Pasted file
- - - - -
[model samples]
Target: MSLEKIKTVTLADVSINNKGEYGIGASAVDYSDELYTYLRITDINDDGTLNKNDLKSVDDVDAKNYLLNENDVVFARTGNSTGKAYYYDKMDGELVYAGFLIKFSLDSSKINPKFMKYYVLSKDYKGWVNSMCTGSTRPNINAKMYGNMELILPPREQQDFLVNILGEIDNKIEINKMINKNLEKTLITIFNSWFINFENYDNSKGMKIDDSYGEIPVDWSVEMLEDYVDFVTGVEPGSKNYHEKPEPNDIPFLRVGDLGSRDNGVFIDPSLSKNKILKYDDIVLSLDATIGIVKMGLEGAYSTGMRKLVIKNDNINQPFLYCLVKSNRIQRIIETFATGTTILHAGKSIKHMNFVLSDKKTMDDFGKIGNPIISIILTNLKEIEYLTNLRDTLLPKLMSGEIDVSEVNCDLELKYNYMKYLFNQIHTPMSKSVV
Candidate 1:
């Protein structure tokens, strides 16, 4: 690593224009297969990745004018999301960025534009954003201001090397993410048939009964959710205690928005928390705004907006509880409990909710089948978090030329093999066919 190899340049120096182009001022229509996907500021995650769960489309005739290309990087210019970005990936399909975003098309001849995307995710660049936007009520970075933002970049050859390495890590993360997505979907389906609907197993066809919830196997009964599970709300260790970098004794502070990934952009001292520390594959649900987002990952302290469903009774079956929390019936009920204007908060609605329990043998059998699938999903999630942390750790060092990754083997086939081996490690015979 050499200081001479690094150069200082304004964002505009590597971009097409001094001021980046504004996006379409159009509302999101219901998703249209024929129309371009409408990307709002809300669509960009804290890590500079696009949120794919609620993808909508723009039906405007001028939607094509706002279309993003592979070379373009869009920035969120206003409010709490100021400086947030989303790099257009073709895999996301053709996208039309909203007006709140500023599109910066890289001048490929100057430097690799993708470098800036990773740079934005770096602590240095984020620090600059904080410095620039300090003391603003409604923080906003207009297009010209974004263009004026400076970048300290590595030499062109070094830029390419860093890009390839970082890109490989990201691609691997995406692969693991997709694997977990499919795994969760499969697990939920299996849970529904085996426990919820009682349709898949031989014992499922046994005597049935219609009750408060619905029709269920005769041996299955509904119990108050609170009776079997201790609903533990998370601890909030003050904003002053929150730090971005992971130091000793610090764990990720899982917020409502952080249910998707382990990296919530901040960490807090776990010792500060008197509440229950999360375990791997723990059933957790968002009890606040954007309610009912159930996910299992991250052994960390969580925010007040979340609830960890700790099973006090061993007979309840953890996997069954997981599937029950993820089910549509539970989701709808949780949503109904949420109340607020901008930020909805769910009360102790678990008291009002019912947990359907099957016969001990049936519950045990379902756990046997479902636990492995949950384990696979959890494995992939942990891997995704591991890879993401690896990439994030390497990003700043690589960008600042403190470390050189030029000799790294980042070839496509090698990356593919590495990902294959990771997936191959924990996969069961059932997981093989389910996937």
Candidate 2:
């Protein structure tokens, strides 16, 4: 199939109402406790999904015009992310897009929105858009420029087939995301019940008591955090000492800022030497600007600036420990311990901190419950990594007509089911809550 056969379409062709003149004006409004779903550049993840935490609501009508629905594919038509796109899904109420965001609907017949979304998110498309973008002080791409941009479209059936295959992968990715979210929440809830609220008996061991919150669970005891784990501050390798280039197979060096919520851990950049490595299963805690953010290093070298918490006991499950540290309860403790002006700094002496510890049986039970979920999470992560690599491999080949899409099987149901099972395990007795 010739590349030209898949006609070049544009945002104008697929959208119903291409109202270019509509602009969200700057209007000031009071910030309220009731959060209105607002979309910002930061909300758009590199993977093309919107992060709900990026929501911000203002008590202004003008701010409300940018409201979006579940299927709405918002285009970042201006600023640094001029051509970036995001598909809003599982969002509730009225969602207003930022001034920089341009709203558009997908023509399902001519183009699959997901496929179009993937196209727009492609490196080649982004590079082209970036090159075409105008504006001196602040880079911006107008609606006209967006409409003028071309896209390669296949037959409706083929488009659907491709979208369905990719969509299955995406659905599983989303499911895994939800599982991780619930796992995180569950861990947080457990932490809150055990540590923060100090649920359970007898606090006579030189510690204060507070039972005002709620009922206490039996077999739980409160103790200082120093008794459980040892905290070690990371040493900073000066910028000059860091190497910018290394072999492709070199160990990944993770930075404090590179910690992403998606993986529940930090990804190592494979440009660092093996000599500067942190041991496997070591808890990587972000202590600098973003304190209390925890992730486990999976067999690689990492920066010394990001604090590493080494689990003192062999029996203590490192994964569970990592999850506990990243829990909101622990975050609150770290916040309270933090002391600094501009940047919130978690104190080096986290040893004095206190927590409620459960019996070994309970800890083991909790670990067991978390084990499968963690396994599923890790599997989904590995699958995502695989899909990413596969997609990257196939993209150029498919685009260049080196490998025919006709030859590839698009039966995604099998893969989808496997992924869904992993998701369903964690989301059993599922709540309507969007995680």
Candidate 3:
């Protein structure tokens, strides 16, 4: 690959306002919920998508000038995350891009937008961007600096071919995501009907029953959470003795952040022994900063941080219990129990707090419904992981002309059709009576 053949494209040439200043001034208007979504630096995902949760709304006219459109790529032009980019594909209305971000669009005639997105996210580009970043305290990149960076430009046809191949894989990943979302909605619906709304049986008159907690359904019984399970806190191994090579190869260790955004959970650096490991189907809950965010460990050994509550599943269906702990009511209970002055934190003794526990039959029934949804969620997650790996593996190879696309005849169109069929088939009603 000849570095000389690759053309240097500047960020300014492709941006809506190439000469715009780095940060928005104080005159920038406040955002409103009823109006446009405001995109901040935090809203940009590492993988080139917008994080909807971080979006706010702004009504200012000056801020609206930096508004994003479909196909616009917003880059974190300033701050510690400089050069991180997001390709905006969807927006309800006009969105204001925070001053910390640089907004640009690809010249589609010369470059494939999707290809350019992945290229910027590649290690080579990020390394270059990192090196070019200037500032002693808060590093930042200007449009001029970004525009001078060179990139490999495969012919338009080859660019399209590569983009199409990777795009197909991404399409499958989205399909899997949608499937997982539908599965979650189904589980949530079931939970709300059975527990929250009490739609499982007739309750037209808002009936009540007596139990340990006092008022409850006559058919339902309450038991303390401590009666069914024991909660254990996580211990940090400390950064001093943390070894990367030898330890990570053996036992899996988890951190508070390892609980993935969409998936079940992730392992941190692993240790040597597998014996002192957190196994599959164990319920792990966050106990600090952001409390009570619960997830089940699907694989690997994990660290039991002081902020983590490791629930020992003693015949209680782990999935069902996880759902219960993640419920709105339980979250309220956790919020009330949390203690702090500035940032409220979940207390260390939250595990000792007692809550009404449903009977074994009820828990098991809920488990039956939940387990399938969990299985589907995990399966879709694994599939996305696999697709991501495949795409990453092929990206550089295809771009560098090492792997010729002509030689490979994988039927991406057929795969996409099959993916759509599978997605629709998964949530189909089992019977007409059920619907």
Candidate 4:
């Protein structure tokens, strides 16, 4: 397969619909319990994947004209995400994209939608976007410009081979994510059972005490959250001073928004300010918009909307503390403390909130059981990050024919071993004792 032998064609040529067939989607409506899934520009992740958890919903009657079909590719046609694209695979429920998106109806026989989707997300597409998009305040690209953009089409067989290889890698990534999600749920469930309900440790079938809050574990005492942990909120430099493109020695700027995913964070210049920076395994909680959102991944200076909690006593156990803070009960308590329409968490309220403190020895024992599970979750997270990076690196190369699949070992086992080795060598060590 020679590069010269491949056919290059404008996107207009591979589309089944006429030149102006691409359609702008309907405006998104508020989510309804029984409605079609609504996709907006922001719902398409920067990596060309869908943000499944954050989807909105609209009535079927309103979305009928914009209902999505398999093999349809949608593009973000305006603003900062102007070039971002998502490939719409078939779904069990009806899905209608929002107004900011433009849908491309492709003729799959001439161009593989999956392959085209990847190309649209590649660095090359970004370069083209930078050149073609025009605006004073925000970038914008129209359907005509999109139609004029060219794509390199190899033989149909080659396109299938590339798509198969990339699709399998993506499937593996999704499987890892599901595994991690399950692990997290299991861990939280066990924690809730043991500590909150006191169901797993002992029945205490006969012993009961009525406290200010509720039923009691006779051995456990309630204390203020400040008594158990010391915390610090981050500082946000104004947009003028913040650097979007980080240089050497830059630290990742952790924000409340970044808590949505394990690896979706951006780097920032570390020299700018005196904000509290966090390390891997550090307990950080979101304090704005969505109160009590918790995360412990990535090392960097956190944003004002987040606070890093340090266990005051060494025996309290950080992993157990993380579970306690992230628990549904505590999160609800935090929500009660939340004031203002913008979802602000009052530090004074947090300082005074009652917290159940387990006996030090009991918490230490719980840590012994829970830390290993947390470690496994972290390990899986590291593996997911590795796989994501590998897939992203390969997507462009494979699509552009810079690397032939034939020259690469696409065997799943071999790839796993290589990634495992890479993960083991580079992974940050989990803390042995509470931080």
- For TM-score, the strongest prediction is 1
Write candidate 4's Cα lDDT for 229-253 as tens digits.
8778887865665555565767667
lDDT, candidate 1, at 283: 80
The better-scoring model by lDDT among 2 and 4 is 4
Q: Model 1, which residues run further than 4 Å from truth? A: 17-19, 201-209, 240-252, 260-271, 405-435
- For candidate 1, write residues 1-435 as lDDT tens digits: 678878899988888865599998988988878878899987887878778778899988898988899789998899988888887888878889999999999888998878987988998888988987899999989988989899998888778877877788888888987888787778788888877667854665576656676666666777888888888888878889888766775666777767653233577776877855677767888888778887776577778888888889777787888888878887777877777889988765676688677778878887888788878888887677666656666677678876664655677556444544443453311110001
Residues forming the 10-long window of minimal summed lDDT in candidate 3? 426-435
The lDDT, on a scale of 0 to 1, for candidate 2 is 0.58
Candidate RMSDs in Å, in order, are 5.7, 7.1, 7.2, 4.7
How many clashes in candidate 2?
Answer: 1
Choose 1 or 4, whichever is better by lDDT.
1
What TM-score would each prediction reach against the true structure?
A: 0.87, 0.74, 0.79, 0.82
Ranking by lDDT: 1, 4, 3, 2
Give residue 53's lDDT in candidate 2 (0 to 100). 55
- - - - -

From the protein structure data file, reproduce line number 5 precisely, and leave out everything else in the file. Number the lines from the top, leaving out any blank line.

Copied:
Candidate 2: